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‘The Uncle of Europe’  - An Austro Hungarian Bust of King Edward VII, 1908
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‘The Uncle of Europe’ - An Austro Hungarian Bust of King Edward VII, 1908

Measurements: Overall height: 42cm (16.5in)



Bronze. Signed and dated ‘J. Muhr / 1908’, and bearing foundry mark 'Jnha. Jos. Selzer/ Kunstergiesserei/ Th. Th. Srpek/ Wien X.’ to the reverse, raised on an stone plinth.
Edward VII (1841-1910) is shown in Austro-Hungarian Field Marshal's uniform, wearing the star and sash of the Austro-Hungarian Order of St. Stephen, the stars of the Orders of the Garter and the Bath, the Royal Victorian Chain and the neck badge of the Order of the Golden Fleece. He further wears the badge of the Royal Victorian Order, Queen Victoria's Golden Jubilee Medal (1887) with Diamond Jubilee clasp (1897), the Emperor Franz Joseph's Golden Jubilee medal (1898), The Marian Cross and the badge of the Danish Order of Dannebrog.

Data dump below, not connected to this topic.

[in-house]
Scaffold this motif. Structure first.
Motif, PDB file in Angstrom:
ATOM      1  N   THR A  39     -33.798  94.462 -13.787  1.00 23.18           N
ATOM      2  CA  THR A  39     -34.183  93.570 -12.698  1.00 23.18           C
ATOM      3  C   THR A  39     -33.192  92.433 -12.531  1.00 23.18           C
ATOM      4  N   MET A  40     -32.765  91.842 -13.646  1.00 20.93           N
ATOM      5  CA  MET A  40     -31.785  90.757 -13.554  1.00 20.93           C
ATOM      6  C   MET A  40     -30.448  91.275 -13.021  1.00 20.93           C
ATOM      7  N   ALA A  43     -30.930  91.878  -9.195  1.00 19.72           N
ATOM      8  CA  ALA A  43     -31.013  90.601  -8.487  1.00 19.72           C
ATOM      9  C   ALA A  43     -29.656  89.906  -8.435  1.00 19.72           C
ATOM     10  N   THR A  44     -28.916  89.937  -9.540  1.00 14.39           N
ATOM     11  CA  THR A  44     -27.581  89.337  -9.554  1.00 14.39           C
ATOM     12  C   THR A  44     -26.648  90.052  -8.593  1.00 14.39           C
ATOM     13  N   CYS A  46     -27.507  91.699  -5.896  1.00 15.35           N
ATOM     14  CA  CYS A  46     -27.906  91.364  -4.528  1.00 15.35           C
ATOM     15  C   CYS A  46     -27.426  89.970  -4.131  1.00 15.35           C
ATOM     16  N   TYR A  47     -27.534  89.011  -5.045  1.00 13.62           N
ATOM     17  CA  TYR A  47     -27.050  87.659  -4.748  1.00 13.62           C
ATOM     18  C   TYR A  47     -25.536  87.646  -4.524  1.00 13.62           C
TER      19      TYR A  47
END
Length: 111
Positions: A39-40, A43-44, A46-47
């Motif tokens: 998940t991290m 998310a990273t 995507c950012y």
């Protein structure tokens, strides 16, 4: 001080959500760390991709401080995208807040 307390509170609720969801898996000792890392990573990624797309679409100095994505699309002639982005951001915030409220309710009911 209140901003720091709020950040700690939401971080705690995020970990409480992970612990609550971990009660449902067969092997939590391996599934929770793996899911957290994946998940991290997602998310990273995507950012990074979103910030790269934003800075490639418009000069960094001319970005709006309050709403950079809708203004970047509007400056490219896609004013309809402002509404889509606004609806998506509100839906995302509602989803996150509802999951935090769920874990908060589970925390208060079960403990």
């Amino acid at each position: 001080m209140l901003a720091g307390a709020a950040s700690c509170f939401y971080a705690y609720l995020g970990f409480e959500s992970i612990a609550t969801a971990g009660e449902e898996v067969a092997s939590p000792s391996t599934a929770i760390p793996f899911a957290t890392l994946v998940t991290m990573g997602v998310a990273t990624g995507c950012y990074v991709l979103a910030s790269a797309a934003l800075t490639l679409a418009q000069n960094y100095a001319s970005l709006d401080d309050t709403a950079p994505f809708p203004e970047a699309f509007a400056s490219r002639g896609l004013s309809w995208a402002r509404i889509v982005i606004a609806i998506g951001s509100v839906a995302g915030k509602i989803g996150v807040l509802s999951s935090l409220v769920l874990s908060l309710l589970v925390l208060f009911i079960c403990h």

The present bust by Josef Muhr (1873-1912) marks the King’s visit to Austro-Hungary in 1908. In 1904 during an official visit to London, Archduke Frederick of Austria (later supreme commander of the Austro-Hungarian Armies) had surprised Edward VII by suddenly handing him ‘without any kind of ceremony’ the baton of a Field Marshal thus confirming a new rank in the Austro-Hungarian army. Despite this honour and notwithstanding, Austria-Hungary’s defeat by Prussia in the Seven Weeks War of 1866, there remained ambiguity in where the Emperor’s loyalties lay. In 1908 Edward was anxious to establish Emperor Franz Joseph's position in regard to Austria-Hungary’s support tor Germany. The Emperor made himself explicitly clear during a meeting in August, when Edward tried to persuade him to abandon Austria-Hungary's alliance with Germany for co-operation with England. Disappointingly Franz Joseph replied that he was a ‘loyal ally’ and ‘a German prince.’